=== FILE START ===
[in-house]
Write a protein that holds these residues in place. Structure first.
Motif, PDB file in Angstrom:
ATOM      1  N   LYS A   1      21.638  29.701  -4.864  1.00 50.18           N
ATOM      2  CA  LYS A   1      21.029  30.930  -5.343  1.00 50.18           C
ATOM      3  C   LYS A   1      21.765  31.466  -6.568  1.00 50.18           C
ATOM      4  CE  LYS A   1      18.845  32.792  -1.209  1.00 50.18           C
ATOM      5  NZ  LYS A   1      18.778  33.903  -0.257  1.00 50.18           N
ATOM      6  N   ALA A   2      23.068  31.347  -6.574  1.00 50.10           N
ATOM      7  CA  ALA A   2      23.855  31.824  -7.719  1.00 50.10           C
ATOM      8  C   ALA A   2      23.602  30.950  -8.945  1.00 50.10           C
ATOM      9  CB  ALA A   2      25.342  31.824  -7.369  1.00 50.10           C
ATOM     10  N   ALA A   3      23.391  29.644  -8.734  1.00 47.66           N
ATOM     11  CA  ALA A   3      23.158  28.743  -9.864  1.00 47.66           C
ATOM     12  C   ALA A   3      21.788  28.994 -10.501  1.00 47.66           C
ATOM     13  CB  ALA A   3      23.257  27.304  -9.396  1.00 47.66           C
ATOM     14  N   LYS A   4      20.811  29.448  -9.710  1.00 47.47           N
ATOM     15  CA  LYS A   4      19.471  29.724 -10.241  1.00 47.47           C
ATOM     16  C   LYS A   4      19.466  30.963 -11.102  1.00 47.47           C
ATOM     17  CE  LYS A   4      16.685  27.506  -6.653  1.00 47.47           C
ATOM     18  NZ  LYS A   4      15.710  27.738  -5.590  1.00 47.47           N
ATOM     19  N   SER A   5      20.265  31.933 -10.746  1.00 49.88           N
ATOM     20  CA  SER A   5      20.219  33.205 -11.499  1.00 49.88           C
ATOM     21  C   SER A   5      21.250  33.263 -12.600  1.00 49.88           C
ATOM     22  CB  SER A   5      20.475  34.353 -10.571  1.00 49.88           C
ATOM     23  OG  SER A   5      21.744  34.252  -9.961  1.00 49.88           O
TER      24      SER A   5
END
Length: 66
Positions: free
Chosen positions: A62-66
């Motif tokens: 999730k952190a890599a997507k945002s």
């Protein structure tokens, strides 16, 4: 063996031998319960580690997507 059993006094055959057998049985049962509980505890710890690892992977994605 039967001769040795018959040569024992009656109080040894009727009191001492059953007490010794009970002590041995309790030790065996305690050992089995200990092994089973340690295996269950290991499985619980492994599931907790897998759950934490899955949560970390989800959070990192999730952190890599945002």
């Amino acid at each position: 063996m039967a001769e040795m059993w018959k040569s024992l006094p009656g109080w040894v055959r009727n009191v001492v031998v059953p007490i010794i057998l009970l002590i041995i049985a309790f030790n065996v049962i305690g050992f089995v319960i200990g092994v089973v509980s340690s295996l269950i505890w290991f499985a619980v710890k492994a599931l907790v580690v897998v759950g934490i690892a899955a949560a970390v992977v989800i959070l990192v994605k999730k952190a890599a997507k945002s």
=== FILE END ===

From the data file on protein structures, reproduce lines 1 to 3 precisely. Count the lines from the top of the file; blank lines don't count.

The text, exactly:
[in-house]
Write a protein that holds these residues in place. Structure first.
Motif, PDB file in Angstrom: